By: E&P Staff
MSNBC was first to report late Sunday that apparently the grim milestone of 4,000 U.S. military deaths in Iraq had been reached.
It related from Iraq, “Four U.S. soldiers were killed by a bomb blast in southern Baghdad late Sunday, raising the death toll for American forces since start of the war to 4,000, according to the Pentagon.”
The tragedy coincided with a rise in violence across Iraq on Sunday that left at least 61 people dead.
The attacks included rockets and mortars fired at Baghdad’s Green Zone and a suicide car bomb detonated at an Iraqi army post in the northern city of Mosul.
AP reported later: “The U.S. military says a roadside bomb has killed four U.S. soldiers in Baghdad. That raises the overall American death toll to at least 4,000, a grim milestone as the war enters its sixth year.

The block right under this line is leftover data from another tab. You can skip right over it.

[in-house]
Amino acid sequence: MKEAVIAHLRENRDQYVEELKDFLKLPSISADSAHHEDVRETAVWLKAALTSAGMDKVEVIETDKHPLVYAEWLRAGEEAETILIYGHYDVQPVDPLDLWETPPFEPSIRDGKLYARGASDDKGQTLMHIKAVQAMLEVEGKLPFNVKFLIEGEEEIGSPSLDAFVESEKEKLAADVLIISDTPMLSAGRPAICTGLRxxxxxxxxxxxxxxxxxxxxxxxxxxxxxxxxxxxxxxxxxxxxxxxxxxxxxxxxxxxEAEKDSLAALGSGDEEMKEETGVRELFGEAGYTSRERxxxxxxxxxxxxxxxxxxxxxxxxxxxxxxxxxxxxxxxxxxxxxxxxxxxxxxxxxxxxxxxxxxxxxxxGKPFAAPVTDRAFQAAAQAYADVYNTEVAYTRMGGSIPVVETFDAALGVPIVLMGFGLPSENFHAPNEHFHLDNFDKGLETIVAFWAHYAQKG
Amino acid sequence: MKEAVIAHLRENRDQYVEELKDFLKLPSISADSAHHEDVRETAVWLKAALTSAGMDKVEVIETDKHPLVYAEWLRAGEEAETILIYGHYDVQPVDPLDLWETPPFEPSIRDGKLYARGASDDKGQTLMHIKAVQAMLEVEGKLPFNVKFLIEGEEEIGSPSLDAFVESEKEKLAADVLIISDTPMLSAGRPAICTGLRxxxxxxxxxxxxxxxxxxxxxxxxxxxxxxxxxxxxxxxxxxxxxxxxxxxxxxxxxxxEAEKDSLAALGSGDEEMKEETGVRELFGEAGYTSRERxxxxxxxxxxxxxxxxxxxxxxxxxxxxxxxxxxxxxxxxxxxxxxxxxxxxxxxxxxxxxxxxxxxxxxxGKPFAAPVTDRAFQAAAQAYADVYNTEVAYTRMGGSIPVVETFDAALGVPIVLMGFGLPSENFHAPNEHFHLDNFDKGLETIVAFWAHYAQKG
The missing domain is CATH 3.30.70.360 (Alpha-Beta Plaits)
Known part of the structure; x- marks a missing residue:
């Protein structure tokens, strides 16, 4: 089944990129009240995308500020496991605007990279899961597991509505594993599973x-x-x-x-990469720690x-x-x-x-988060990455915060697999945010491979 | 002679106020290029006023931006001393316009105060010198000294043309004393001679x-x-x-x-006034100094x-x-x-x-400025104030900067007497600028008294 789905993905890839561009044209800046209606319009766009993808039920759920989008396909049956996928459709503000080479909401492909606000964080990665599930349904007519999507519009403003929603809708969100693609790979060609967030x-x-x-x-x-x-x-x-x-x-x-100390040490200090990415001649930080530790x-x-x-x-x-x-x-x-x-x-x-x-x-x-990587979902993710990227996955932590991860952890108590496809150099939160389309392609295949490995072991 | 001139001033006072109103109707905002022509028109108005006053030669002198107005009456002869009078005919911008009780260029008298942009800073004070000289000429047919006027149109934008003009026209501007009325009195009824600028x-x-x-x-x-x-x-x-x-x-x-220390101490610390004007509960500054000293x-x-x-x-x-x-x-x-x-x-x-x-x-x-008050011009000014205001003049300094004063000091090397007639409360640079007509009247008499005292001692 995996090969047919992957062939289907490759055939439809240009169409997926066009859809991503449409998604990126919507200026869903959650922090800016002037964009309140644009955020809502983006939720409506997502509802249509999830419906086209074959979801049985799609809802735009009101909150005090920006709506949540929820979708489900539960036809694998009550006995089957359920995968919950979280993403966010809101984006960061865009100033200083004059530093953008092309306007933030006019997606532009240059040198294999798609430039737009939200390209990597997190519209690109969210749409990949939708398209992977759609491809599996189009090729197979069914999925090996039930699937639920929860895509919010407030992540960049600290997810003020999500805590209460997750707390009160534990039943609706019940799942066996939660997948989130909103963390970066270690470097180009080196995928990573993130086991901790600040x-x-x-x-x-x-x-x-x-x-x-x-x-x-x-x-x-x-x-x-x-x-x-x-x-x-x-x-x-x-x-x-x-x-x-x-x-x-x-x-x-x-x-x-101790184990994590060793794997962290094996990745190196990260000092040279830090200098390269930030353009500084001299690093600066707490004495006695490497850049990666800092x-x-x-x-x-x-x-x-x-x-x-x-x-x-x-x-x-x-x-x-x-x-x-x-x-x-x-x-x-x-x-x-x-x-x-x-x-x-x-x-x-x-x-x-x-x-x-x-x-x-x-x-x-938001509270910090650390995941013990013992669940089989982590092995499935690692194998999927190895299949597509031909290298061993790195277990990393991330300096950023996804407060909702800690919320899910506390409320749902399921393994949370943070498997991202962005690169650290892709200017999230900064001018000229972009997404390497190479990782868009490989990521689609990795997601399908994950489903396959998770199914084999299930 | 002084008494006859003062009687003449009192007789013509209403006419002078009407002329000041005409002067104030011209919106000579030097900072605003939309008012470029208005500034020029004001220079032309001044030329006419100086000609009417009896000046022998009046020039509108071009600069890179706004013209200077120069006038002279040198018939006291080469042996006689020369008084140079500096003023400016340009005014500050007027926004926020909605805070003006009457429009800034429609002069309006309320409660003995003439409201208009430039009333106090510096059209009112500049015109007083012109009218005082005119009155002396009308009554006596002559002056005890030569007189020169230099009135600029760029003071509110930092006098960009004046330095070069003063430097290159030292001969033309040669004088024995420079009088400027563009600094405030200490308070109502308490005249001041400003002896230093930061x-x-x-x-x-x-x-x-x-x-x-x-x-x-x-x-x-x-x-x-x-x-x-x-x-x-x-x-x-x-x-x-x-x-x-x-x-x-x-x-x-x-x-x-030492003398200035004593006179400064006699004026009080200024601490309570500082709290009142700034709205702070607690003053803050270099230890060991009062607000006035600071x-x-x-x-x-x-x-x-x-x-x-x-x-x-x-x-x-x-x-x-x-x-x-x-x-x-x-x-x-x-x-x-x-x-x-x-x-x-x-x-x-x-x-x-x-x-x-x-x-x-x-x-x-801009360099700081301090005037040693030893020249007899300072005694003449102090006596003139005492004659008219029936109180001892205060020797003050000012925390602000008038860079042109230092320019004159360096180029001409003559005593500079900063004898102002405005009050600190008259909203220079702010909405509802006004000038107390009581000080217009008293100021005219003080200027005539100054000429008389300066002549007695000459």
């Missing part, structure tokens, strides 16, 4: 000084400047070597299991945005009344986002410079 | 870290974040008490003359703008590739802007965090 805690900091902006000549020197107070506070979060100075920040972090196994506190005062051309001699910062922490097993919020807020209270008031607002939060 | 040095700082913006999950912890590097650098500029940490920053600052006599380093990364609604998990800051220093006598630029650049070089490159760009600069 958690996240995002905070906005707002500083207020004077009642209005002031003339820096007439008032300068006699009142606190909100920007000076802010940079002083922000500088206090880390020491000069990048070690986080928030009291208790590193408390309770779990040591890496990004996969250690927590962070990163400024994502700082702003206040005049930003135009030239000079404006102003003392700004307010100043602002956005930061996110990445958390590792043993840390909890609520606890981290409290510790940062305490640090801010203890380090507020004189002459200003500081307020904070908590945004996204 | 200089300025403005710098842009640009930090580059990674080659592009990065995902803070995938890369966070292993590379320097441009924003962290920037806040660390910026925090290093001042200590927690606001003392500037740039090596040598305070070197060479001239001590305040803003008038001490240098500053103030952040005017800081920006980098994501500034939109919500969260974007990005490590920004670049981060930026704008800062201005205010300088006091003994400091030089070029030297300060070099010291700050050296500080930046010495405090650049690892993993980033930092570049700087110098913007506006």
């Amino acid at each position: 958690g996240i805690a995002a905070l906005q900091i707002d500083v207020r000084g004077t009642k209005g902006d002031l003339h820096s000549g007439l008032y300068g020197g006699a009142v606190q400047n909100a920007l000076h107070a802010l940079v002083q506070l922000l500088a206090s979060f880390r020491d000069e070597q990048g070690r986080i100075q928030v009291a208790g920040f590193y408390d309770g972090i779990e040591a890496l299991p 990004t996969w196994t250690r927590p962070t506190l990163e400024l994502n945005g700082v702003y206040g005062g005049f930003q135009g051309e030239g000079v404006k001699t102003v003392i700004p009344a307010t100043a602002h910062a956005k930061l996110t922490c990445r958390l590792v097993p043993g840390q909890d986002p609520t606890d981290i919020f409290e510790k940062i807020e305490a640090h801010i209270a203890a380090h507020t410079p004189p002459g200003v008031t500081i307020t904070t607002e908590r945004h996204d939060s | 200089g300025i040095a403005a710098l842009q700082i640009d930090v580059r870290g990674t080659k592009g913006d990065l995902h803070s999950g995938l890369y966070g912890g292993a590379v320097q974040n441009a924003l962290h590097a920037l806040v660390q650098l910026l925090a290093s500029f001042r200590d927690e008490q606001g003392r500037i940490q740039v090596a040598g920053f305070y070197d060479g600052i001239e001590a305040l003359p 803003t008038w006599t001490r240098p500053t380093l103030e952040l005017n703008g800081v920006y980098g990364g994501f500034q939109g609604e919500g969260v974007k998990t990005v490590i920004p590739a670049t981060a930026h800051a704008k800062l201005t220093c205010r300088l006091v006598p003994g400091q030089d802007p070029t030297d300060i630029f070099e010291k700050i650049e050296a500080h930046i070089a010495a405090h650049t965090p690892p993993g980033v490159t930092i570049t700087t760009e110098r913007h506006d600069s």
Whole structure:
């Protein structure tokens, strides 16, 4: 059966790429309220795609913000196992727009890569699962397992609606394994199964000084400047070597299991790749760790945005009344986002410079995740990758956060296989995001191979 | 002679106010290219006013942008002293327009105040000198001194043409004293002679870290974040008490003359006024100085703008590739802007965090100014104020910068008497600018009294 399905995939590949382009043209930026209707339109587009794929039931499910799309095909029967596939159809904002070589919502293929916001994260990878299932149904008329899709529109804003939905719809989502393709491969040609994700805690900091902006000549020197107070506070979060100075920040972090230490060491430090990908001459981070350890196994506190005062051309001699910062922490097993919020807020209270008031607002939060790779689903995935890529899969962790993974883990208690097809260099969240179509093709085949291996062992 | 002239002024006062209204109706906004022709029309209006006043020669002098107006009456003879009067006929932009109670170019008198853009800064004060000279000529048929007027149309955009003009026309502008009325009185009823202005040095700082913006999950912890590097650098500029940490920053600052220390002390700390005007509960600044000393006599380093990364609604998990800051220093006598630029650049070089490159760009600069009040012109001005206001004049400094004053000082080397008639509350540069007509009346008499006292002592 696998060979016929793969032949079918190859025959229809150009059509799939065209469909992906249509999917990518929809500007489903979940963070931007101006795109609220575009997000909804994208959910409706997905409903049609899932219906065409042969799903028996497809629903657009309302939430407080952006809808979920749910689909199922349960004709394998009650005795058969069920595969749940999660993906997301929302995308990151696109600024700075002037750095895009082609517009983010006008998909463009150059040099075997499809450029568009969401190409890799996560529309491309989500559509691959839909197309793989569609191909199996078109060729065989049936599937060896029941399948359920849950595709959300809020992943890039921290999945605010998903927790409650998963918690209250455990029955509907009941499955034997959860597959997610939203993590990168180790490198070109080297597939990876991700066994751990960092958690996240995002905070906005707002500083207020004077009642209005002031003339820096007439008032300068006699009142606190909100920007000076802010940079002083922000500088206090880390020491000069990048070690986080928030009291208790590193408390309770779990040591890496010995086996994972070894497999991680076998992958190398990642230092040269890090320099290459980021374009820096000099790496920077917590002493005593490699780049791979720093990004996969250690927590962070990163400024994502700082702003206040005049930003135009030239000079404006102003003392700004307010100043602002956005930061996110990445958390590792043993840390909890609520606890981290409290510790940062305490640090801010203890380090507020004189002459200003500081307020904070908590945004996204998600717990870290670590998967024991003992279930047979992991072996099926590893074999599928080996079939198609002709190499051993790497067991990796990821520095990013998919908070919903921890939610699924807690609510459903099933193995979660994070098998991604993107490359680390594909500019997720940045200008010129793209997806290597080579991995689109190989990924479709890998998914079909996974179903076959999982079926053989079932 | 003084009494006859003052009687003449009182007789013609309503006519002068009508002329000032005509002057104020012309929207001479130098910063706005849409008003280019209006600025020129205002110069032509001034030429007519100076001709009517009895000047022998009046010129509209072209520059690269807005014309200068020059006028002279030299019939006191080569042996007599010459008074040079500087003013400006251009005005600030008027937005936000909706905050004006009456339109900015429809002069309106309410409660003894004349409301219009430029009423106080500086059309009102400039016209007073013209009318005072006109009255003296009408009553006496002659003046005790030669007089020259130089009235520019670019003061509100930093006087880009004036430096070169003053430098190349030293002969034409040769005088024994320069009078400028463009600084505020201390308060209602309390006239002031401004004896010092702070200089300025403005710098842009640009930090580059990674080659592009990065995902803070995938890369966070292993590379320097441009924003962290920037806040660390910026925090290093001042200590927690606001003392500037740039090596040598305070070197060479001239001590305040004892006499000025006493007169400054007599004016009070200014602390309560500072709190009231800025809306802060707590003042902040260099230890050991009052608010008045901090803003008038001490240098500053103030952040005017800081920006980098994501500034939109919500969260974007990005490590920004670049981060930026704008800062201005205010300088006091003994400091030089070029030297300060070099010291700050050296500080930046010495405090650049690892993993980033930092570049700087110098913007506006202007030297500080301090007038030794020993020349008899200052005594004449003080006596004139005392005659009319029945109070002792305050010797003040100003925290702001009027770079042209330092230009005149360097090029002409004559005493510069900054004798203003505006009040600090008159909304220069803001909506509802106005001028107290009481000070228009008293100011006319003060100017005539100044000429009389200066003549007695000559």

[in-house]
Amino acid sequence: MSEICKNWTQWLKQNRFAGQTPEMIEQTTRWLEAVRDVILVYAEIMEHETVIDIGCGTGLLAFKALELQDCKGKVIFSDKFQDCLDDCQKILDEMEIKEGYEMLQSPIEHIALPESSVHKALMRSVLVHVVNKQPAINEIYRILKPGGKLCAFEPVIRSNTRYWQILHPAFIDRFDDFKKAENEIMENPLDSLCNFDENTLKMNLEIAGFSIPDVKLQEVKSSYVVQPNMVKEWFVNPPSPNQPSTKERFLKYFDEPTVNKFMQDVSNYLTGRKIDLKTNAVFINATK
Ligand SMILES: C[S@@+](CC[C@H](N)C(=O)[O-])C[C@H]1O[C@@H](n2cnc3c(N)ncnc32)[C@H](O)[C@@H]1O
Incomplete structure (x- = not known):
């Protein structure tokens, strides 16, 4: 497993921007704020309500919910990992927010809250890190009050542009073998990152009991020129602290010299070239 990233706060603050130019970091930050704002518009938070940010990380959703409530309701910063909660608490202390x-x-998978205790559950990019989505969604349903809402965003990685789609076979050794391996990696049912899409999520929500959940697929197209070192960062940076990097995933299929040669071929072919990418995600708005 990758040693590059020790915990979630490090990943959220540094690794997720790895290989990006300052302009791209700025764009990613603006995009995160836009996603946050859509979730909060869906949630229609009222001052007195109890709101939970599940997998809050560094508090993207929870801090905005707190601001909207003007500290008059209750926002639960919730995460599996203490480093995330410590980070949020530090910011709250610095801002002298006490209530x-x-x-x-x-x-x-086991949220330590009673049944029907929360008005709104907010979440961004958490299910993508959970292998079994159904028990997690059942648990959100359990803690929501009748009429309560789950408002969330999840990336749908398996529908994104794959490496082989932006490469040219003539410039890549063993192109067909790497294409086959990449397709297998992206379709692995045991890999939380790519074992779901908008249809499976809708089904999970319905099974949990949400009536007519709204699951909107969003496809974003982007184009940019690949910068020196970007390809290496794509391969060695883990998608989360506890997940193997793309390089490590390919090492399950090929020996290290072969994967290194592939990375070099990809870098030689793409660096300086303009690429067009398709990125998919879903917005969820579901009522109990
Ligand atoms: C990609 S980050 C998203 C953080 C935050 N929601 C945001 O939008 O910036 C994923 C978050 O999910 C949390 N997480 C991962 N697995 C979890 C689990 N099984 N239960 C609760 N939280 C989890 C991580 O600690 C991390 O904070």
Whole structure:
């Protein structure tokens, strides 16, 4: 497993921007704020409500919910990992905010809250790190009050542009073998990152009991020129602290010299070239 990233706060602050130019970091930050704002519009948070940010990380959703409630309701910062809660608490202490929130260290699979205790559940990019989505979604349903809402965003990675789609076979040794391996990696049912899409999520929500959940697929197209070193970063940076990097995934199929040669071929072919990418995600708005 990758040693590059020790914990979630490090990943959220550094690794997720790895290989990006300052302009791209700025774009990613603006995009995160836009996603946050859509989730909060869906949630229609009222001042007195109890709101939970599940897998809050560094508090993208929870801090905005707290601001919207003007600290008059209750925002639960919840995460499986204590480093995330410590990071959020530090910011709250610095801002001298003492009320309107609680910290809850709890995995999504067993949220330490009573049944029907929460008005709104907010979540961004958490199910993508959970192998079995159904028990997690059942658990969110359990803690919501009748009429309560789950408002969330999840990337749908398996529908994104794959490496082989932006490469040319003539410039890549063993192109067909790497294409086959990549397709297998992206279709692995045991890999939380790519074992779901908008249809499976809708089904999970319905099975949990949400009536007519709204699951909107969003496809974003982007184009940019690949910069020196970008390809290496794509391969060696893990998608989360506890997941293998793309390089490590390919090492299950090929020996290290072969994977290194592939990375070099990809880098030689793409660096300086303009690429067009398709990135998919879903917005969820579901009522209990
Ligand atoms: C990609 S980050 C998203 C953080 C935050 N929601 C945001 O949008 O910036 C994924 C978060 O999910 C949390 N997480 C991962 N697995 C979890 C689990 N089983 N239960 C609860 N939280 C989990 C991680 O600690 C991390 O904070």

“The military says another soldier was wounded when the bomb struck the soldiers’ vehicle during a patrol in southern Baghdad.
“The statement says the soldiers are from Multi-National Division but gives no other details about their identities …
“The milestones for each 1,000 deaths — while an arbitrary marker — serve to rivet attention on the war and have come during a range of pivotal moments.
“When the 1,000th American died in September 2004, the insurgency was gaining steam. The 2,000-death mark came in October 2005 as Iraq voted on a new constitution. The Pentagon announced its 3,000th loss on the last day of 2006 — a day after Saddam Hussein was hanged and closing a year marked by rampant sectarian violence.”
Reuters quoted U.S. military spokesman Rear Admiral Greg Smith: “It is artificial in the sense that somehow the 4,000th tragic loss somehow will be different from the first. I don’t want to say that we shouldn’t recognize that as a milestone. It’s something that we’re not focused on and certainly not going to attribute any more or any less to than any other soldier’s death.”
E&P Editor Greg Mitchell’s new book, “So Wrong for So Long: How the Press, the Pundits — and the President — Failed on Iraq,” explores press reaction to the rising death toll since 2003. To learn more, go to blog